LEXINGTON, Ky. — Donna Wilcock, Ph.D., of the University of Kentucky’s Sanders-Brown Center on Aging (SBCoA) was awarded a $1.7 million National Institutes of Health grant for her lab’s exploration of adverse effects of two new Alzheimer’s disease drugs — aducanumab and lecanemab — which have been shown to slow the progression of cognitive decline.
Aducanumab received FDA approval in June 2021 and the makers of lecanemab recently released promising results from clinical trials. FDA approval for lecanemab is pending.
The positive topline data reported on the CLARITY AD Phase 3 clinical trial of lecanemab was both welcomed news and encouraging news for those living with Alzheimer’s disease and their families and those who dedicate their life’s work to seeing an end to the disease. Many of those researchers are here at UK, which was a clinical trial site for lecanemab.
While both aducanumab and lecanemab provide some hope — as with pretty much any medication — there are some potential side effects. Immunotherapies like these two drugs have been associated with an adverse event called amyloid-related imaging abnormalities (ARIA).
“What ARIA is in real terms is that on MRIs after treatment with these antibodies, a subset of patients develop either vasogenic edema, which is fluid going from the blood vessels into the brain that shouldn’t be there, or microhemorrhages, very small bleeds in the brain,” said Wilcock.
Clinical trials showed that as many as 25-30% of people who took aducanumab develop ARIA. However, not all are symptomatic. While clinical trials of lecanemab show as many as 15% encounter ARIA, with a portion experiencing no symptoms. Once ARIA is detected, patients must stop the treatment, even those who aren’t experiencing symptoms.
“The goal ultimately is to show data that will hopefully support a potential adjunct therapy that could be used with these antibodies, that would make them safer for more of the population,” said Wilcock.
Researchers have known about ARIA for many years. Wilcock published one of the first papers describing it while working with animal models back in 2003. She is now expanding upon that work, considering the data from the two recent drugs. “There is an urgent need to understand a couple of things: how does ARIA occur in response to these antibodies and is there anything we can do to prevent ARIA from occurring?” she said.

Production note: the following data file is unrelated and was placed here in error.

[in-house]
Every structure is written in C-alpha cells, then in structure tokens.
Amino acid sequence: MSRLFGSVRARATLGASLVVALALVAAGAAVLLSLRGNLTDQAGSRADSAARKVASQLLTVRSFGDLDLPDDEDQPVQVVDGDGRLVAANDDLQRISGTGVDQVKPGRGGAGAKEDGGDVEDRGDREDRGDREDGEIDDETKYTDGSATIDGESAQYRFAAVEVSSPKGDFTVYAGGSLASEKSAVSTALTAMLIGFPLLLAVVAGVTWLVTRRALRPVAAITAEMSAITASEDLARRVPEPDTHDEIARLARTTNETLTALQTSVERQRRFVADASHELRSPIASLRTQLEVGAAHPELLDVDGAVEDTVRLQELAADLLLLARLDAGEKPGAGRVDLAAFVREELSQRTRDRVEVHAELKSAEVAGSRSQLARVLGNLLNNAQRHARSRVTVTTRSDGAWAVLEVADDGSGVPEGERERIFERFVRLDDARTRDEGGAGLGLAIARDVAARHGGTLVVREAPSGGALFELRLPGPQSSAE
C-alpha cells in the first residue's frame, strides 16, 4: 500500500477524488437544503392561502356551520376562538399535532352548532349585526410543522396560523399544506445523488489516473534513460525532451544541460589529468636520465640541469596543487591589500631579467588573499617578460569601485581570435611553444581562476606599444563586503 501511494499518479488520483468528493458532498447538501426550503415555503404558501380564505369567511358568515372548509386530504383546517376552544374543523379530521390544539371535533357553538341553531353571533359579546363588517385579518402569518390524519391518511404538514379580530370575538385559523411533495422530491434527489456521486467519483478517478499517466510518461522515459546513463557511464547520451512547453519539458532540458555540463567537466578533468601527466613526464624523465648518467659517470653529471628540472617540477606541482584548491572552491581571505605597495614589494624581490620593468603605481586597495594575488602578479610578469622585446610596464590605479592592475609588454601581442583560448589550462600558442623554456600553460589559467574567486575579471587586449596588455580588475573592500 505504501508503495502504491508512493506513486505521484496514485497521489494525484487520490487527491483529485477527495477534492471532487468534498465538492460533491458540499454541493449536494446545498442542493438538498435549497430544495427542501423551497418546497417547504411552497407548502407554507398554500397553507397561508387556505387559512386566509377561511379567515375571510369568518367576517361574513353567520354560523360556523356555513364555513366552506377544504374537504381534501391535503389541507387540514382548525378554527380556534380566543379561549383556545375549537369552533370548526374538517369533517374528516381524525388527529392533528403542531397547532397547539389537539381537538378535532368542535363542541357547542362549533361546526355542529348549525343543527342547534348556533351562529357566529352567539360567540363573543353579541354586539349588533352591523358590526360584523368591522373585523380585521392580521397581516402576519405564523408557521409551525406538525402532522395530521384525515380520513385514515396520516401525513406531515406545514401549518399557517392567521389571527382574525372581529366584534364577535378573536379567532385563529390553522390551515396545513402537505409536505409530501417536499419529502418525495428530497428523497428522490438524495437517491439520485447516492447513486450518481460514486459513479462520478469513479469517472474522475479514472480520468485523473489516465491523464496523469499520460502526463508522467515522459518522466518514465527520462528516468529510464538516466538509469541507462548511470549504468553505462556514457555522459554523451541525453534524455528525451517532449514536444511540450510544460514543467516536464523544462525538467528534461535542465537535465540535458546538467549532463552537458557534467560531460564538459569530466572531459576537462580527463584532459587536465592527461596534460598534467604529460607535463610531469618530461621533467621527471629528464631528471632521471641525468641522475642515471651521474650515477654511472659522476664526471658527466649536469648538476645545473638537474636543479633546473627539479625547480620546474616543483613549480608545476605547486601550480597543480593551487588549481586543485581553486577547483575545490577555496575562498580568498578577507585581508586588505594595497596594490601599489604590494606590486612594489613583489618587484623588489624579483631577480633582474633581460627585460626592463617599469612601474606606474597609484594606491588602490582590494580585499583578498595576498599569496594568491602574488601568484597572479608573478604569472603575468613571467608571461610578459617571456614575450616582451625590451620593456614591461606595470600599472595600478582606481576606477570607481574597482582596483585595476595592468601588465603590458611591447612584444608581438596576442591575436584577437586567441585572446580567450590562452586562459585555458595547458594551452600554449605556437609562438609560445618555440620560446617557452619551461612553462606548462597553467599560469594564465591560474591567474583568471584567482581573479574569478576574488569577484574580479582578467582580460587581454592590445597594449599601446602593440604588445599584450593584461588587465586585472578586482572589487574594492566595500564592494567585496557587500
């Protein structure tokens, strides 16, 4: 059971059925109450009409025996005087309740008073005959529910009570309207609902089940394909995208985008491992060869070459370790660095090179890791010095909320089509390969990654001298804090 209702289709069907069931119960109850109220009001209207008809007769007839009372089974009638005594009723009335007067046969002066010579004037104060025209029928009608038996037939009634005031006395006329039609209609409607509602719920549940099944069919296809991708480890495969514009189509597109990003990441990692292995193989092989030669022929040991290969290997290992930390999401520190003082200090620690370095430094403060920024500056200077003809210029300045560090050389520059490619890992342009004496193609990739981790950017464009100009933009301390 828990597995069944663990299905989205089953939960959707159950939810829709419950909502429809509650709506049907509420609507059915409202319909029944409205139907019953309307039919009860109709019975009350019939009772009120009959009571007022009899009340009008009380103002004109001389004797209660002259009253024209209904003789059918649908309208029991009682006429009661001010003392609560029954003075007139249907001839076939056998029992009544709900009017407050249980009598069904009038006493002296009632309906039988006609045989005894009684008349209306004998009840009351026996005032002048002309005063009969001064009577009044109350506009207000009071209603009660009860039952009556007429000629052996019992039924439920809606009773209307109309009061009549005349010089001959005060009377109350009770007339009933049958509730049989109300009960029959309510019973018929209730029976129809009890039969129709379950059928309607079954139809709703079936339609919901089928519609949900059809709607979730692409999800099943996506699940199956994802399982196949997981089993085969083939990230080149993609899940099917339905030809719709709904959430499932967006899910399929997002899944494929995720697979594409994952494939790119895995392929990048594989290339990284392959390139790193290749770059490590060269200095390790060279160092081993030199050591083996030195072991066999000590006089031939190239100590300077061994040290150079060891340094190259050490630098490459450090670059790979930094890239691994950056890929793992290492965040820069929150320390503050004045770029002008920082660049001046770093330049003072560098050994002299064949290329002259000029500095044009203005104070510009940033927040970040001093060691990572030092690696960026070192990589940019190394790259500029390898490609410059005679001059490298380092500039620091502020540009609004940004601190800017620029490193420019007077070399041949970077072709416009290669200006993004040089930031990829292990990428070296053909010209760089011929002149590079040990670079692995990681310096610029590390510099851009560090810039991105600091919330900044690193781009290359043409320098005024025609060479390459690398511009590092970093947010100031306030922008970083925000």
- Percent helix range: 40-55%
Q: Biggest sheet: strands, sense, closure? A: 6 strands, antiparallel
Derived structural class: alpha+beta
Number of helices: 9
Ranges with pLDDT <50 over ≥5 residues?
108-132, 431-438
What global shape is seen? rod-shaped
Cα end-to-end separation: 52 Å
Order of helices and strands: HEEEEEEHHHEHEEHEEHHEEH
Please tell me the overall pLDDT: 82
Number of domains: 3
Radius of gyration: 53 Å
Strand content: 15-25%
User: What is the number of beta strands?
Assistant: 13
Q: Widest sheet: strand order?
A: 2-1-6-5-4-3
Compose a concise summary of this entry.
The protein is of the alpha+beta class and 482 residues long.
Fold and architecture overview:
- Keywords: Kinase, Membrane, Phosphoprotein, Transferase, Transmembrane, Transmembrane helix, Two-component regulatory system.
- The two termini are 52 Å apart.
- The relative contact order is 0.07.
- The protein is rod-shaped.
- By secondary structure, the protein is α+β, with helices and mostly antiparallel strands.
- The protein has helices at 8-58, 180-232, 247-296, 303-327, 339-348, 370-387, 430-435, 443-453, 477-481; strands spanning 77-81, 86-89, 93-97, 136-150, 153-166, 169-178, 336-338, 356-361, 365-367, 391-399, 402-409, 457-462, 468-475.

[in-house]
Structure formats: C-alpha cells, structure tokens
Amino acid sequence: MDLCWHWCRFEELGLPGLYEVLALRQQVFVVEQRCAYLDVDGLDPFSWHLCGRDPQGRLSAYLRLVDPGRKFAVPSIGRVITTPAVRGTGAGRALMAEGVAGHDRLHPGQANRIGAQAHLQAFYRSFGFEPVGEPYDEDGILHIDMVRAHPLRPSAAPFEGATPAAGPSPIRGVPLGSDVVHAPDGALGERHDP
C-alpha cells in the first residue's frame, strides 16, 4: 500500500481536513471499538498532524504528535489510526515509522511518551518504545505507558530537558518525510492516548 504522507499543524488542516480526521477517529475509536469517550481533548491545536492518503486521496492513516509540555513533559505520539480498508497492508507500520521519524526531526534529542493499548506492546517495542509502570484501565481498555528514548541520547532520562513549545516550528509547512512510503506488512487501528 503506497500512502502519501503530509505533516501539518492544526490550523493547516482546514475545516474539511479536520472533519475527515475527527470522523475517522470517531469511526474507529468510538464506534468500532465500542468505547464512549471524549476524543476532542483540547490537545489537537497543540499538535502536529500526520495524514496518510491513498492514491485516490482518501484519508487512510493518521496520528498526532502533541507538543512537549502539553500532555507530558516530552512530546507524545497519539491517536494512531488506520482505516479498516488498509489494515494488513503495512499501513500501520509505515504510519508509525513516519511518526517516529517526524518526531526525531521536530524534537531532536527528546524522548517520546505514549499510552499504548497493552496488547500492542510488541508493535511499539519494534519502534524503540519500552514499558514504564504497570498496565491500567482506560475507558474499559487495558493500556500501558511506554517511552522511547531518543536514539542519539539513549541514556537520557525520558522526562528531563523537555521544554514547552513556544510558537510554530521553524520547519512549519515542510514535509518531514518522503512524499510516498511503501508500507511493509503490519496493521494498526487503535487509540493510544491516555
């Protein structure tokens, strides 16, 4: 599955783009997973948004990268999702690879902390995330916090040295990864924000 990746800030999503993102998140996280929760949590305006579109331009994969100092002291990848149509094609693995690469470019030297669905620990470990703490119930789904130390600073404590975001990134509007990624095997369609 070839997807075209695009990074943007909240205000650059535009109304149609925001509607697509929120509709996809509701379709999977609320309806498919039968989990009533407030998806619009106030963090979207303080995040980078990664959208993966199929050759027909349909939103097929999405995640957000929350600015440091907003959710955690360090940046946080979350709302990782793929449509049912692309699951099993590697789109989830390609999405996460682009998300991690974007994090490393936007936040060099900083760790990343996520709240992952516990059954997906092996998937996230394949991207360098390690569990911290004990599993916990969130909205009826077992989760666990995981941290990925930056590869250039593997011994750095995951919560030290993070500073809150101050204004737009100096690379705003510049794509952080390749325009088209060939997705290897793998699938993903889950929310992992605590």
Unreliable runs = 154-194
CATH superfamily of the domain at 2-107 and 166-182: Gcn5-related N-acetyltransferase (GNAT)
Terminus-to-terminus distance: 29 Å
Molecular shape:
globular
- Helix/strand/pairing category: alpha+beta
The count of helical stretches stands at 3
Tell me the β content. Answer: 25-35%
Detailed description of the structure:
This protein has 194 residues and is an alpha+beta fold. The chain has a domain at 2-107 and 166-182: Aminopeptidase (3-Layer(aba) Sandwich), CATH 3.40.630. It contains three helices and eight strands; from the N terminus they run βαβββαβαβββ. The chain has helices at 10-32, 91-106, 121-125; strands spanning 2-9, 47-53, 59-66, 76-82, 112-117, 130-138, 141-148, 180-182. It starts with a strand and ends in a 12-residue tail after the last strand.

For the past decade, Wilcock and her team have been studying microhemorrhages in cases of small vessel disease and vascular cognitive impairment.
“We have taken everything we have learned over the past ten years and that model, as well as some of the early data about how the immunotherapies work, and we have developed a hypothesis that ARIA is caused by the inflammatory response to the antibody — treatments like aducanumab and lecanemab — and that inflammation causes the activation of a protein known as MMP-9,” said Wilcock. “We believe the activation of MMP-9 is what causes ARIA to occur.”
Wilcock is joined on this grant by a few of her colleagues affiliated with UK’s Sanders-Brown Center on Aging: David Fardo, Ph.D., and Yuriko Katsumata, Ph.D., both from the College of Public Health; and Joseph Morganti, Ph.D. from the College of Medicine.
The grant will be used for two things: first, to test that hypothesis, using a similar study design to what Wilcock did in 2003, but utilizing today’s technology to fully understand what exactly the immunotherapy is doing to various pathways.
Second, Wilcock’s research team will look at different drugs already on the market for other diseases known to inhibit inflammation or inhibit MMP-9. The team will examine if administering any of those drugs at the same time as these immunotherapies prevents ARIA from occurring while still maintaining the efficacy of the treatment for Alzheimer’s disease.
There currently is no cure for Alzheimer’s disease. Wilcock says drugs like aducanumab and lecanemab that slow disease progression are critically important as they help to provide some hope for those living with dementia and their families.
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